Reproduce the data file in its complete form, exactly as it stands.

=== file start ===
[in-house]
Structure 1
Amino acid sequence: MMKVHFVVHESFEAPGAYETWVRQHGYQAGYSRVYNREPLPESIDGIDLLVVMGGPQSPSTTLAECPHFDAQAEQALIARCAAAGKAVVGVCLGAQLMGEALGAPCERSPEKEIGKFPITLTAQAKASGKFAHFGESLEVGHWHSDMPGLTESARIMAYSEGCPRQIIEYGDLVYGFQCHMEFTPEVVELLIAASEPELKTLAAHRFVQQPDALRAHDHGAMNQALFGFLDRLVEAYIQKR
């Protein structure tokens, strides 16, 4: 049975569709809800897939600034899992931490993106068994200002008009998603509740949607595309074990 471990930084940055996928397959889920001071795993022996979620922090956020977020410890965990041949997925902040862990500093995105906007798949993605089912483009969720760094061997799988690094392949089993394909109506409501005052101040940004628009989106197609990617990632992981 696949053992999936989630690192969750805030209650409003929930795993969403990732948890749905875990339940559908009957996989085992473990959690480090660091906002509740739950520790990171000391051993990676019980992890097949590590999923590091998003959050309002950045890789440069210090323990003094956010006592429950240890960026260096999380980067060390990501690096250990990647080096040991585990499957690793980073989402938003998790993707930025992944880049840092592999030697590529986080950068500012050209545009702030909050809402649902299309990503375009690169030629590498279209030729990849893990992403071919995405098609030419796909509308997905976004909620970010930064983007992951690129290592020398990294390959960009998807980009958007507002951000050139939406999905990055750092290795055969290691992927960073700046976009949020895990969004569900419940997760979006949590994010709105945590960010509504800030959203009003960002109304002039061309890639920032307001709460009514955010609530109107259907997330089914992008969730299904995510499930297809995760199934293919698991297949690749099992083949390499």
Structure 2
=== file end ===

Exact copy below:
[in-house]
Structure 1
Amino acid sequence: MMKVHFVVHESFEAPGAYETWVRQHGYQAGYSRVYNREPLPESIDGIDLLVVMGGPQSPSTTLAECPHFDAQAEQALIARCAAAGKAVVGVCLGAQLMGEALGAPCERSPEKEIGKFPITLTAQAKASGKFAHFGESLEVGHWHSDMPGLTESARIMAYSEGCPRQIIEYGDLVYGFQCHMEFTPEVVELLIAASEPELKTLAAHRFVQQPDALRAHDHGAMNQALFGFLDRLVEAYIQKR
């Protein structure tokens, strides 16, 4: 049975569709809800897939600034899992931490993106068994200002008009998603509740949607595309074990 471990930084940055996928397959889920001071795993022996979620922090956020977020410890965990041949997925902040862990500093995105906007798949993605089912483009969720760094061997799988690094392949089993394909109506409501005052101040940004628009989106197609990617990632992981 696949053992999936989630690192969750805030209650409003929930795993969403990732948890749905875990339940559908009957996989085992473990959690480090660091906002509740739950520790990171000391051993990676019980992890097949590590999923590091998003959050309002950045890789440069210090323990003094956010006592429950240890960026260096999380980067060390990501690096250990990647080096040991585990499957690793980073989402938003998790993707930025992944880049840092592999030697590529986080950068500012050209545009702030909050809402649902299309990503375009690169030629590498279209030729990849893990992403071919995405098609030419796909509308997905976004909620970010930064983007992951690129290592020398990294390959960009998807980009958007507002951000050139939406999905990055750092290795055969290691992927960073700046976009949020895990969004569900419940997760979006949590994010709105945590960010509504800030959203009003960002109304002039061309890639920032307001709460009514955010609530109107259907997330089914992008969730299904995510499930297809995760199934293919698991297949690749099992083949390499």
Structure 2